"In the tradition of postapocalyptic literary fiction such as Cormac McCarthy's The Road and Jim Crace's The Pesthouse, this hypervisceral first novel by adventure writer Heller (Kook) takes place nine years after a superflu has killed off much of mankind.... With its evocative descriptions of hunting, fishing, and flying, this novel, perhaps the world's most poetic survival guide, reads as if Billy Collins had novelized one of George Romero's zombie flicks. From start to finish, Heller carries the reader aloft on graceful prose, intense action, and deeply felt emotion." (Publishers Weekly)
"Leave it to Peter Heller to imagine a post-apocalyptic world that contains as much loveliness as it does devastation. His likable hero, Hig, flies around what was once Colorado in his 1956 Cessna, chasing all the same things we chase in these pre-annihilation days: love, friendship, the solace of the natural world, the chance to perform some small kindness, and a good dog for a co-pilot. The Dog Stars is a wholly compelling and deeply engaging debut." (Pam Houston, author of Contents May Have Shifted)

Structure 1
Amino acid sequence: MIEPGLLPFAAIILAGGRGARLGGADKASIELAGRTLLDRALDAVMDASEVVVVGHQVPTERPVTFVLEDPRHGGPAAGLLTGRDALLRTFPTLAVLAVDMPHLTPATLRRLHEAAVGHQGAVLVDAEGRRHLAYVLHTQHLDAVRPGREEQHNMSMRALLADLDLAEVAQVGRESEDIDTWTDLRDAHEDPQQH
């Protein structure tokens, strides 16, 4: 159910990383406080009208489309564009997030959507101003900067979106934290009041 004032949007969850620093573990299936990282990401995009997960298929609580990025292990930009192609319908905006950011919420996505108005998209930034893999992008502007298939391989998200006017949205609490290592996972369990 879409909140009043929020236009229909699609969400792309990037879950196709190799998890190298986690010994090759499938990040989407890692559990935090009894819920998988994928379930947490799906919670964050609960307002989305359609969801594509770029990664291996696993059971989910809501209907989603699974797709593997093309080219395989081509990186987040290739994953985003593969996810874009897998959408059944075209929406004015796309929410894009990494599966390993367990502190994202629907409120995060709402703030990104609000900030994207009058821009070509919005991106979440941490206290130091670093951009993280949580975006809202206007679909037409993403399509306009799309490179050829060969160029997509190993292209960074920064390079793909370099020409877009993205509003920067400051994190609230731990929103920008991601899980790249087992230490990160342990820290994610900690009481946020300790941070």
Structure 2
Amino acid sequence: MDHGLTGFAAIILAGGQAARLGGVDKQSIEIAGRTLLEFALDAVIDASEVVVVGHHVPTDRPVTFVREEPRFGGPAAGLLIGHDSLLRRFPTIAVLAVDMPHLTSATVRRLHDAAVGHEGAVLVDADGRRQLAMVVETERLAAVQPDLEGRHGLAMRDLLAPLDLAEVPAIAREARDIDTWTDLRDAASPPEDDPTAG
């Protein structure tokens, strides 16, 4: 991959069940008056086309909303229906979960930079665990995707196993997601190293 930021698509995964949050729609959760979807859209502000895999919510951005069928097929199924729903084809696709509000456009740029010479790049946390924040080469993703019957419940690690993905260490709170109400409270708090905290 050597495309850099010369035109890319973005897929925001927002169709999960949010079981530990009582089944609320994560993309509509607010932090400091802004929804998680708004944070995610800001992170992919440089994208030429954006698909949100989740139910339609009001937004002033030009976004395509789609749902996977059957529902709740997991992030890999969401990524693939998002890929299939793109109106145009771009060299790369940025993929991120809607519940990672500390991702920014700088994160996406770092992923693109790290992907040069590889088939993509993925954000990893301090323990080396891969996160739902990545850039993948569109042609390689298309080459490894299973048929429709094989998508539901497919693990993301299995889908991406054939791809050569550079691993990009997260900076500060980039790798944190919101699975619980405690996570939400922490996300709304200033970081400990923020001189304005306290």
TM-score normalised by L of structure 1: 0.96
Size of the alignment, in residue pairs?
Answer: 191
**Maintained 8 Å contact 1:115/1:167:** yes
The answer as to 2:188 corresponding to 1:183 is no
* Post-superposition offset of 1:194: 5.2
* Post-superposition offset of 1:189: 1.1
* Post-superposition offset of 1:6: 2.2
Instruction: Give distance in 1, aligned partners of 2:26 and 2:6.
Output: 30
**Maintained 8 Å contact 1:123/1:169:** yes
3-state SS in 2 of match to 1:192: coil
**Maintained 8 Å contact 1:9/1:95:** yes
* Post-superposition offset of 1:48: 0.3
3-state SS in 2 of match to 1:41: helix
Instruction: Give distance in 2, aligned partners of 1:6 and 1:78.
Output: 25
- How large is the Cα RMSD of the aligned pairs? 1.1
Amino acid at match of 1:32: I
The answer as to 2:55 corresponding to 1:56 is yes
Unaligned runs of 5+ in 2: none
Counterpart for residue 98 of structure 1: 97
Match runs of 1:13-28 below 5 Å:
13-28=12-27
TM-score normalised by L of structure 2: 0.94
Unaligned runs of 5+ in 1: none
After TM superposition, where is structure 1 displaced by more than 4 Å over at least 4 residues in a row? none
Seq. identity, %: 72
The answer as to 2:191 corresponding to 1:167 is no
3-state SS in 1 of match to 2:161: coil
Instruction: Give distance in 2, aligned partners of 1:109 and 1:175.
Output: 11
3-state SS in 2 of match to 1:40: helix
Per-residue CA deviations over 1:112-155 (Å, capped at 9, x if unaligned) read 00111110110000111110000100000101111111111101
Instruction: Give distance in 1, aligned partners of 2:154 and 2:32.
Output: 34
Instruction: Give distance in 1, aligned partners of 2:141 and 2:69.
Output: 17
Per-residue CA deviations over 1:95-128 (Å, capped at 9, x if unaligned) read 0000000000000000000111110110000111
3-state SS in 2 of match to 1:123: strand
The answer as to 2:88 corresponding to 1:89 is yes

I had to return this. I made it through the first 2/3s, though I confess I was hitting the fast-forward button pretty frequently. This author has a weird idea of pacing--he's in the middle of some action, and suddenly he starts drifting off to describing the scenery. Or feelings, or whatever--but he loses the thread of the story. Speaking of the story. . .look, I know not everybody is a pilot, but could anybody be as stupid as this pilot? Let's see. . .apparently the last plane left on earth, and for nine years, all he can think to do with it is go retrieve Cokes? He sets off on his big adventure--without pre-positioning gas or other supplies--drills along at low altitude so that his fuel consumption goes way up? Let's see. . .other technical errors include getting blasted by a shotgun--just how frickin' low was he flying??? The hero just doesn't seem like a realistic representation of a person to me; not believable. I'm all for survival stories, but a world where you only shoot on sight and never attempt to gain allies or friends, is just not anything like the humans I've grown up with. I'm surprised this got as many good reviews as it did. Maybe I was expecting more--especially after reading The Martian, which was an outstanding story of a man struggling to survive. This story. . .is just stupid.